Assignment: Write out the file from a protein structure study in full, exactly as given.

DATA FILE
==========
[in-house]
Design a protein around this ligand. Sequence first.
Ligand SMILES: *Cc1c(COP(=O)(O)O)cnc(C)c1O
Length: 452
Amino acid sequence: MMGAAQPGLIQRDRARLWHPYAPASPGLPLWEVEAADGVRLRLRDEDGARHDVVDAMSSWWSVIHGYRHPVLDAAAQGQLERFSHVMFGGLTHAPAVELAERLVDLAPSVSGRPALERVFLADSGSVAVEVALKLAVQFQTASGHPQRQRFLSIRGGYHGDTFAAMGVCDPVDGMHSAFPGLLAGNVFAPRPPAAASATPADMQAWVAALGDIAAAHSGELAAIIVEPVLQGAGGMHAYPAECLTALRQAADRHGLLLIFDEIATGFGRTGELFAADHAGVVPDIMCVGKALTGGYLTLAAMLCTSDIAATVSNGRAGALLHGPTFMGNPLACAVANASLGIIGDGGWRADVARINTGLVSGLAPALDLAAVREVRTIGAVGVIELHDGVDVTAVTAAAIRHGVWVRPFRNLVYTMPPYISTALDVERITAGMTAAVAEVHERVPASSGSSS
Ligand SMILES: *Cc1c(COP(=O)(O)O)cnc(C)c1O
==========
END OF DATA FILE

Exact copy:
[in-house]
Design a protein around this ligand. Sequence first.
Ligand SMILES: *Cc1c(COP(=O)(O)O)cnc(C)c1O
Length: 452
Amino acid sequence: MMGAAQPGLIQRDRARLWHPYAPASPGLPLWEVEAADGVRLRLRDEDGARHDVVDAMSSWWSVIHGYRHPVLDAAAQGQLERFSHVMFGGLTHAPAVELAERLVDLAPSVSGRPALERVFLADSGSVAVEVALKLAVQFQTASGHPQRQRFLSIRGGYHGDTFAAMGVCDPVDGMHSAFPGLLAGNVFAPRPPAAASATPADMQAWVAALGDIAAAHSGELAAIIVEPVLQGAGGMHAYPAECLTALRQAADRHGLLLIFDEIATGFGRTGELFAADHAGVVPDIMCVGKALTGGYLTLAAMLCTSDIAATVSNGRAGALLHGPTFMGNPLACAVANASLGIIGDGGWRADVARINTGLVSGLAPALDLAAVREVRTIGAVGVIELHDGVDVTAVTAAAIRHGVWVRPFRNLVYTMPPYISTALDVERITAGMTAAVAEVHERVPASSGSSS
Ligand SMILES: *Cc1c(COP(=O)(O)O)cnc(C)c1O